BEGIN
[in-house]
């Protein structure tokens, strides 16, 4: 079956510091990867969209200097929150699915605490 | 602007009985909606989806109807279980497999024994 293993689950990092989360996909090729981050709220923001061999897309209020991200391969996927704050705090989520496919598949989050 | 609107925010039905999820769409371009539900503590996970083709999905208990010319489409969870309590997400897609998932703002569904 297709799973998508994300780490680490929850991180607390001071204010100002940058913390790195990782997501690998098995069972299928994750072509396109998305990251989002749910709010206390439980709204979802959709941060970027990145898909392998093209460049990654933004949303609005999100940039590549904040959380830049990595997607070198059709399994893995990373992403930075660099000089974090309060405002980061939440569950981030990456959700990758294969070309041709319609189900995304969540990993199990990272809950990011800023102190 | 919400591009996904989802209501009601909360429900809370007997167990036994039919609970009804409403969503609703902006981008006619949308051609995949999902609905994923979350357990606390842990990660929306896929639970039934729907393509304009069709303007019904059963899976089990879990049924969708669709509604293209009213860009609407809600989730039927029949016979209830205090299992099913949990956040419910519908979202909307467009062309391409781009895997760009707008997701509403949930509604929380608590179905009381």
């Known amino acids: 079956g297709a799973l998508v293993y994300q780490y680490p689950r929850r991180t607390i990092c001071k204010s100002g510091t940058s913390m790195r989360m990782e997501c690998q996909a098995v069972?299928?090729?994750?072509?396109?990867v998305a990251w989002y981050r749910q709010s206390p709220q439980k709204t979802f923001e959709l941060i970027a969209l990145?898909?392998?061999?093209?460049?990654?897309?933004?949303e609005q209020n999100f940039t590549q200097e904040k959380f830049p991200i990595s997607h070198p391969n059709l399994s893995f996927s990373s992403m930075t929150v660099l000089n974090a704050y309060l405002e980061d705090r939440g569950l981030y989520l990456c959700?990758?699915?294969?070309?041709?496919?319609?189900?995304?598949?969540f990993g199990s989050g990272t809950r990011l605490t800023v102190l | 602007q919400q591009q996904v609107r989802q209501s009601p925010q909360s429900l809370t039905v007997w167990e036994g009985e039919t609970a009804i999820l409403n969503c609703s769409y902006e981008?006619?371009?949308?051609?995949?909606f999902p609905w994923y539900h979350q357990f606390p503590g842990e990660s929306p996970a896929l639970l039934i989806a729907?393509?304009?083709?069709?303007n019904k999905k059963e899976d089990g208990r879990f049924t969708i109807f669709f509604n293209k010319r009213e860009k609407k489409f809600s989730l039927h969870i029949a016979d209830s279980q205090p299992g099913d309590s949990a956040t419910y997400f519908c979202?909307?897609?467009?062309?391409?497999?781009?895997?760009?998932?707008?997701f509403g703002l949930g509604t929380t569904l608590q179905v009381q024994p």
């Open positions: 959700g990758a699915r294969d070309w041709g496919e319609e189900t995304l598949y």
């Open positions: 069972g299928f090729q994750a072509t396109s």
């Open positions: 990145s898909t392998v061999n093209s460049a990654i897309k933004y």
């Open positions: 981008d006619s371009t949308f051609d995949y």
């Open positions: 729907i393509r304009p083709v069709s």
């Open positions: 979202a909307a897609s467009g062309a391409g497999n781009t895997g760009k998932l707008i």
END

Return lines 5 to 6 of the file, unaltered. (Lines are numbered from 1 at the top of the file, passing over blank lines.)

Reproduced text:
């Open positions: 069972g299928f090729q994750a072509t396109s």
């Open positions: 990145s898909t392998v061999n093209s460049a990654i897309k933004y």